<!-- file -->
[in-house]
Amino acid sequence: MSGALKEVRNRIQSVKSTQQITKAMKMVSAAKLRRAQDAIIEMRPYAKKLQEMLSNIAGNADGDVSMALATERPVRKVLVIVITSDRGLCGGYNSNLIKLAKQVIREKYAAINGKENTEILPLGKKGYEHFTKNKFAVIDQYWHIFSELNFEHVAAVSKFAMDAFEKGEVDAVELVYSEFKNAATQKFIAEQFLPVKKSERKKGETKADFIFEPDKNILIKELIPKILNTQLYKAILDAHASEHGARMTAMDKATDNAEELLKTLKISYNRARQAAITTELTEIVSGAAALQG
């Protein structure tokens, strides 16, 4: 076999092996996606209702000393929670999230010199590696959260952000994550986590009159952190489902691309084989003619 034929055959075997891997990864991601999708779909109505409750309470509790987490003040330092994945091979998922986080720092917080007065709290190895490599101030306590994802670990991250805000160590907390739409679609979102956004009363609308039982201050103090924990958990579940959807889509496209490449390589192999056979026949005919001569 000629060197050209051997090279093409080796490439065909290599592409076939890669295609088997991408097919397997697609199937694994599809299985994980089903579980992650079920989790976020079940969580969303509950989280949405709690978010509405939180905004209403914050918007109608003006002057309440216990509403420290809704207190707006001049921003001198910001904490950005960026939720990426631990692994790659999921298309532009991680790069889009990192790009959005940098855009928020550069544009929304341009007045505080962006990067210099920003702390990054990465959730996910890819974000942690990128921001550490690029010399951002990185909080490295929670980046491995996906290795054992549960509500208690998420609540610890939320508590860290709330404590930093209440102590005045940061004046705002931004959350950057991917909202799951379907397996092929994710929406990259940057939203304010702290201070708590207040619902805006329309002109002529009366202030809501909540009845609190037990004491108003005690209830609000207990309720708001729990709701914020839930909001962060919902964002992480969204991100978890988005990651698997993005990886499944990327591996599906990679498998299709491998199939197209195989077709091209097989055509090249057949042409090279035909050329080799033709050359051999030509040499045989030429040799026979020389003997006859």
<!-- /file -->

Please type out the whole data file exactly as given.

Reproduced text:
[in-house]
Amino acid sequence: MSGALKEVRNRIQSVKSTQQITKAMKMVSAAKLRRAQDAIIEMRPYAKKLQEMLSNIAGNADGDVSMALATERPVRKVLVIVITSDRGLCGGYNSNLIKLAKQVIREKYAAINGKENTEILPLGKKGYEHFTKNKFAVIDQYWHIFSELNFEHVAAVSKFAMDAFEKGEVDAVELVYSEFKNAATQKFIAEQFLPVKKSERKKGETKADFIFEPDKNILIKELIPKILNTQLYKAILDAHASEHGARMTAMDKATDNAEELLKTLKISYNRARQAAITTELTEIVSGAAALQG
């Protein structure tokens, strides 16, 4: 076999092996996606209702000393929670999230010199590696959260952000994550986590009159952190489902691309084989003619 034929055959075997891997990864991601999708779909109505409750309470509790987490003040330092994945091979998922986080720092917080007065709290190895490599101030306590994802670990991250805000160590907390739409679609979102956004009363609308039982201050103090924990958990579940959807889509496209490449390589192999056979026949005919001569 000629060197050209051997090279093409080796490439065909290599592409076939890669295609088997991408097919397997697609199937694994599809299985994980089903579980992650079920989790976020079940969580969303509950989280949405709690978010509405939180905004209403914050918007109608003006002057309440216990509403420290809704207190707006001049921003001198910001904490950005960026939720990426631990692994790659999921298309532009991680790069889009990192790009959005940098855009928020550069544009929304341009007045505080962006990067210099920003702390990054990465959730996910890819974000942690990128921001550490690029010399951002990185909080490295929670980046491995996906290795054992549960509500208690998420609540610890939320508590860290709330404590930093209440102590005045940061004046705002931004959350950057991917909202799951379907397996092929994710929406990259940057939203304010702290201070708590207040619902805006329309002109002529009366202030809501909540009845609190037990004491108003005690209830609000207990309720708001729990709701914020839930909001962060919902964002992480969204991100978890988005990651698997993005990886499944990327591996599906990679498998299709491998199939197209195989077709091209097989055509090249057949042409090279035909050329080799033709050359051999030509040499045989030429040799026979020389003997006859």